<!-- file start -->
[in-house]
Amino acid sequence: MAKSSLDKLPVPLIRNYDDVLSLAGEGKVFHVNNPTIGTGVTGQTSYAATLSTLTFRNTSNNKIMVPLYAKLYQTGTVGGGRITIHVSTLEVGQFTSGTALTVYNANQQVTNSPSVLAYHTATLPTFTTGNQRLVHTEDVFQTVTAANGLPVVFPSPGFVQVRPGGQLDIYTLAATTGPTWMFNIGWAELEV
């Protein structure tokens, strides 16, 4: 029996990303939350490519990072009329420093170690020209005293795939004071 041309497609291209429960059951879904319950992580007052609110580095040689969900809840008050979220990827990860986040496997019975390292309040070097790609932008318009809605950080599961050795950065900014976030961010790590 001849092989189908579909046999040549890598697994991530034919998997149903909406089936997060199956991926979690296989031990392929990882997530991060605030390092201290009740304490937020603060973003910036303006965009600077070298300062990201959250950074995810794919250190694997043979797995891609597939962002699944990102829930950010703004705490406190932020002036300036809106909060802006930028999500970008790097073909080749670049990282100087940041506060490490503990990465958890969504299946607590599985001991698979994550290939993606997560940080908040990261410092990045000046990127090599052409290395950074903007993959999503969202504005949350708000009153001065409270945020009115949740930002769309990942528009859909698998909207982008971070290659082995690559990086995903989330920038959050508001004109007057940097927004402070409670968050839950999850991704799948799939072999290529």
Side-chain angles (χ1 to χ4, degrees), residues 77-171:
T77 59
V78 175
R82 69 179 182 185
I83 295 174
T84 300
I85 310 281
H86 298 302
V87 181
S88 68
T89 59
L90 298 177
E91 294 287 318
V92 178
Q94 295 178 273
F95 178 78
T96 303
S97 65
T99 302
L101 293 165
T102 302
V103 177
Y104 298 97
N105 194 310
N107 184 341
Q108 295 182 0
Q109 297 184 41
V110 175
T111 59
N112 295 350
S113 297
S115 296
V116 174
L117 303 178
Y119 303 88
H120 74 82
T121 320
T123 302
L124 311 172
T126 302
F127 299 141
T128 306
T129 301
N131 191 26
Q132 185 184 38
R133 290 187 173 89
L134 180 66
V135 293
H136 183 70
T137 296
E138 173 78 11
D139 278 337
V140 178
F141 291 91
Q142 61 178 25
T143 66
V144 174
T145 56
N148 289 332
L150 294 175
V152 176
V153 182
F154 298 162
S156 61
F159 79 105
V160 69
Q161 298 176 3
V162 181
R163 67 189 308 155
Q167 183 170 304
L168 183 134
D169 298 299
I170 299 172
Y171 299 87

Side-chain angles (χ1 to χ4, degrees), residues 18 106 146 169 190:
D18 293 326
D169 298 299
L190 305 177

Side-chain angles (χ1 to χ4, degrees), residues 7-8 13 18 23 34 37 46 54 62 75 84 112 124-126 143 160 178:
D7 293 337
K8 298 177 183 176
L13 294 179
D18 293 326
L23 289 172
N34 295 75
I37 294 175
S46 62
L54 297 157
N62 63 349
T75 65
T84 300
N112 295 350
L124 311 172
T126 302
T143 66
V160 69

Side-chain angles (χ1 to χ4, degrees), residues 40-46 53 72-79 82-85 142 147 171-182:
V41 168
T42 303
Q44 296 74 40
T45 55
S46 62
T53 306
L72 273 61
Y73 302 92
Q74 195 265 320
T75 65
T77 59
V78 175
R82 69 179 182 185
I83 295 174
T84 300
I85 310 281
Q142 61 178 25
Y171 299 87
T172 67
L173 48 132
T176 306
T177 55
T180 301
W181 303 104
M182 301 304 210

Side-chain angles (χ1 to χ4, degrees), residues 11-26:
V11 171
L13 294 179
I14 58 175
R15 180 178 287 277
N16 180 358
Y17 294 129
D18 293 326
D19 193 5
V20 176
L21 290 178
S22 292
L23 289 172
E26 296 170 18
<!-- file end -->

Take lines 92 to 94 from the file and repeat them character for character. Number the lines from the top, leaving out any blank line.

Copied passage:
N62 63 349
T75 65
T84 300